There is a connection between Dakini goddess energies and all of creational feminine dieties.
Some people believe the Dakini language is linked to that of Atlantis – the trilling of the high priestesses in the language of Vril.
Dakini is the Goddess of Life’s Turning Points. Distillations of archetypal emanations, the Dakinis represent those essence principles within the self which are capable of transformation to a higher octave. Dakinis are ‘sky dancers,’ heavenly angels devoted to the truth (dharma), woman consorts of and partners with the god-creators of India and Tibet. Dakini serves as instigator, inspirer, messenger, even trickster, pushing the tantrika (aspirant) across the barriers to enlightenment.
Dakini’s wrathful aspect is depicted by the mala of skulls. Her peaceful aspect is depicted by the lotus frond. Like Hindu goddess Kali, her role is to transmute suffering. Her left hand holds high the lamp of liberation. Dakini represent the sky being a womb symbol connoting emptiness, creativity, potentiality. They are objects of desire and also carriers of the cosmic energies that continually fertilize our human sphere. Dakinis bring us pleasure and spirituality. They provoke the enervating lust that brings life into being. They are poetic and cosmic souls, put here to tempt us to spirituality.
It is said that the Dakinis have the power to instantly entrap mere mortals with their gaze. The mirror of your mind is the mysterious home of the Dakini – your right brain – your feminine side. The secret Dakinis guard the deeper mysteries of the self. Representing upsurging inspiration and non-conceptual understanding, Dakinis invite you to cut free of all limitations. They are unconventional, unexpected, spontaneous, dancing in great bliss, at one with divine truth. In the eastern tradition, a cycle of 64 Dakinis/Yoginis represents a complete cosmogram for the transformation of the self, embodying the total energy cycle of creation as depicted by the dance of Gnosis, the wisdom and energy of the divine feminine. In representing this complete cycle we have the opportunity of evoking not only the Goddess, but of manifesting the totality of the Great Goddess herself.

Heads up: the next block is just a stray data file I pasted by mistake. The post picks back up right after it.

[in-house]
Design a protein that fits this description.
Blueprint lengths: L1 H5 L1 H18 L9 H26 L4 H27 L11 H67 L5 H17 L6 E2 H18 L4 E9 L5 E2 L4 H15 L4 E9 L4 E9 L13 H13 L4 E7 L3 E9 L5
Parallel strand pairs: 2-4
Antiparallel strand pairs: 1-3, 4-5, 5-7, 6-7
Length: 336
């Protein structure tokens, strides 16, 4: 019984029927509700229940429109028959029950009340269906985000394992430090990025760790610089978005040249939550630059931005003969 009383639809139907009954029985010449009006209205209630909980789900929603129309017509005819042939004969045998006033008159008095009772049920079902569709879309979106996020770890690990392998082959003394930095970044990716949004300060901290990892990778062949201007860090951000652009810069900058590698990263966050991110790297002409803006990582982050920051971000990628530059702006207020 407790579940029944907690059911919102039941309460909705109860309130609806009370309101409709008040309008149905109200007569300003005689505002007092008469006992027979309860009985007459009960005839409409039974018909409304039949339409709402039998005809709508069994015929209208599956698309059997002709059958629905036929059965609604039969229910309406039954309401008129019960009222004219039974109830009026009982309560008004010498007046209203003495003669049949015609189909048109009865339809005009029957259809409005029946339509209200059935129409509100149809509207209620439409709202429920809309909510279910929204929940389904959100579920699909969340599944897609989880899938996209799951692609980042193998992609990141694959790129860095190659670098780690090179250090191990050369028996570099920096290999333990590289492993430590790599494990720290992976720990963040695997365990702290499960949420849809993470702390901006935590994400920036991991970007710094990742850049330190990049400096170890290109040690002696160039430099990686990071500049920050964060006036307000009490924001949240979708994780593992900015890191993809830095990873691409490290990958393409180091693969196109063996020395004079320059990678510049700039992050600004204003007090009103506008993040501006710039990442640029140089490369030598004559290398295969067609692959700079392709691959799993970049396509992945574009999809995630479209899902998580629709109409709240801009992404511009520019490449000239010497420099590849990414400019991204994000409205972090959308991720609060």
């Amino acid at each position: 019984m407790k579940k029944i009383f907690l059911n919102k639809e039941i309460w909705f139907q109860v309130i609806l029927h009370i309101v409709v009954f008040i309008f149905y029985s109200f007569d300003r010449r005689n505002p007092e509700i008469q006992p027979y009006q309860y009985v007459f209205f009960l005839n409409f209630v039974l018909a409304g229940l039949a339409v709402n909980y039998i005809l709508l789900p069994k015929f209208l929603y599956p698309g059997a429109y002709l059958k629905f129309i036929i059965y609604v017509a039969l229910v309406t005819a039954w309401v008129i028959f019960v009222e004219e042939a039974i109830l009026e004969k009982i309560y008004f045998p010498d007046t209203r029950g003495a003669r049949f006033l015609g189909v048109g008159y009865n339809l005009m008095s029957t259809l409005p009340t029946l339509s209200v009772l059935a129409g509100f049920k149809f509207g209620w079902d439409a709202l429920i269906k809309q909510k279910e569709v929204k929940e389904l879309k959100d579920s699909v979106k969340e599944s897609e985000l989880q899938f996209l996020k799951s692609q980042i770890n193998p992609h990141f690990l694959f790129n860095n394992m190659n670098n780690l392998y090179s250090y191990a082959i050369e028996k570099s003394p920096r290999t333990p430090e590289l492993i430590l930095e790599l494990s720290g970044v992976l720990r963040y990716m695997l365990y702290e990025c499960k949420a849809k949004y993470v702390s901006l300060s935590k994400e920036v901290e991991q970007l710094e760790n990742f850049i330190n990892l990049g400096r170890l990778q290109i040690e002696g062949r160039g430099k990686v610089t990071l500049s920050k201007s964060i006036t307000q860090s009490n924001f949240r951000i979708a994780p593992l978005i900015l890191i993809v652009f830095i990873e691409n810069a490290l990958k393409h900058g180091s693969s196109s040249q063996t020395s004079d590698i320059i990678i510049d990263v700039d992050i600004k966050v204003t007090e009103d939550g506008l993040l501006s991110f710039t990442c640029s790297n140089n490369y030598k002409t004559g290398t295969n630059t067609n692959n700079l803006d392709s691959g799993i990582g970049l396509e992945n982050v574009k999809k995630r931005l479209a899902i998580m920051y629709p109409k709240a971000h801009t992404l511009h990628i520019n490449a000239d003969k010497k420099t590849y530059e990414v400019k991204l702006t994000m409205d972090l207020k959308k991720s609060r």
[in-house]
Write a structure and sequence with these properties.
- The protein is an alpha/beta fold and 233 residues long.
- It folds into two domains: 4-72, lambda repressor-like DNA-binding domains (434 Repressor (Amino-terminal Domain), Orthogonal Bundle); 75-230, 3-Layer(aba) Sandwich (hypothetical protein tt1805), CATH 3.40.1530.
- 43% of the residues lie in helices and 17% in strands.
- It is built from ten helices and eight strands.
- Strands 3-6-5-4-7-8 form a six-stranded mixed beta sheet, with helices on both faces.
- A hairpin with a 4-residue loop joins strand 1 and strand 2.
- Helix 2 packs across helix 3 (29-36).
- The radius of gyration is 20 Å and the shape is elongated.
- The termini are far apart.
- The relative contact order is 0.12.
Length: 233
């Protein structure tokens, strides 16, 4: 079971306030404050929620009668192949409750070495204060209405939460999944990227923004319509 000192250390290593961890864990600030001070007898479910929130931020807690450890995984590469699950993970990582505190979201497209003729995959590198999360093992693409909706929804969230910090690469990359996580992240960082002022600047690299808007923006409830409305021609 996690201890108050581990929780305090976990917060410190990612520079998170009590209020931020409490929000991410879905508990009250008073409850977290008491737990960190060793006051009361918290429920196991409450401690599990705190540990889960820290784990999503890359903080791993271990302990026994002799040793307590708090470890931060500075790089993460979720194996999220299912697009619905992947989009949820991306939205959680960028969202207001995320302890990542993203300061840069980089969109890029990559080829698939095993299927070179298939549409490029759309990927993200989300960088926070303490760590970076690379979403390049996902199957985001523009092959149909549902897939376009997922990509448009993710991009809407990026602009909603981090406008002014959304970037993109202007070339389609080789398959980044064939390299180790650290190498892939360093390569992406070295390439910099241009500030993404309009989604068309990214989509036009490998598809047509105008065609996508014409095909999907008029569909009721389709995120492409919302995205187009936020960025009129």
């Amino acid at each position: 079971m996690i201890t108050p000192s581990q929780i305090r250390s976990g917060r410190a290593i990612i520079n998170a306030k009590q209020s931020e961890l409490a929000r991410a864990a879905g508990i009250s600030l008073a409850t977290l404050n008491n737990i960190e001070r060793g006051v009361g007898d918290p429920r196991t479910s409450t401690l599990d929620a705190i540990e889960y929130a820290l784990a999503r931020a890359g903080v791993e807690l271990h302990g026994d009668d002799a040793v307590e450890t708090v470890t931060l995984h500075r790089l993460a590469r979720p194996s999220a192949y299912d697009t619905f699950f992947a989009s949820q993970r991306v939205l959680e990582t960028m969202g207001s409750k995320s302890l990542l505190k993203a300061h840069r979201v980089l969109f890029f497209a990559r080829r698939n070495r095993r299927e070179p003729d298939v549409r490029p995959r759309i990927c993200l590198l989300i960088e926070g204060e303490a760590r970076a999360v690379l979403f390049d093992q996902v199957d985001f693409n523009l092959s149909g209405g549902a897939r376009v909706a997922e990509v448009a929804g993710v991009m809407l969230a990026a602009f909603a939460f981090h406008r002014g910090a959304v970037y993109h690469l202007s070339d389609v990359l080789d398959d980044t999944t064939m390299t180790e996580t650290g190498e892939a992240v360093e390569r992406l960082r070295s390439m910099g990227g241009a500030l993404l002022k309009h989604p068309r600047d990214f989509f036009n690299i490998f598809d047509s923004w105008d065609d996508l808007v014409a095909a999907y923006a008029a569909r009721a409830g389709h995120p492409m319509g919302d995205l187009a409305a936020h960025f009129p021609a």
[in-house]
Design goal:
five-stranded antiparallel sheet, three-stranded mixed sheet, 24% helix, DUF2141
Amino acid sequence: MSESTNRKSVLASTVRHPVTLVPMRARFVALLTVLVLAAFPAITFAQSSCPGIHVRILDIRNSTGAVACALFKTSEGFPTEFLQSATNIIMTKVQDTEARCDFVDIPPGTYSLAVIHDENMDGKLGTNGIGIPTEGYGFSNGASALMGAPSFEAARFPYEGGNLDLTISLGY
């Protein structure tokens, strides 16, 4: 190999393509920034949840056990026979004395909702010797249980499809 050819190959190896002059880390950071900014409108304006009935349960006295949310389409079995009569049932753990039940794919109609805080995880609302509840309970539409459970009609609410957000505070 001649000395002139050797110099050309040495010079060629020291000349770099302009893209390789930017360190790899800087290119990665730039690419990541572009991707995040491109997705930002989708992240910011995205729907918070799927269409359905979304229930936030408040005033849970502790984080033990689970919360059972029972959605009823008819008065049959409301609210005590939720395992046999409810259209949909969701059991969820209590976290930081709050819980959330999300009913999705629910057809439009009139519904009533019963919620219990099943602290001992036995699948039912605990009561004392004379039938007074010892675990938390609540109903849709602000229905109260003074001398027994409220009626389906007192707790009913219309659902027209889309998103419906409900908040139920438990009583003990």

Yogini/Dakini temples flourished in India around the 9th through the 12th centuries. Erected in remote places, especially on hilltops, the temples were circular enclosures open to the sky. Around the inner circumference were 64 niches which housed exquisite stone carvings representing various aspects of the Goddess energy, creating a circular mandala around a central image of Shiva, symbol of Cosmic Consciousness and the one-pointedness of yogic discipline.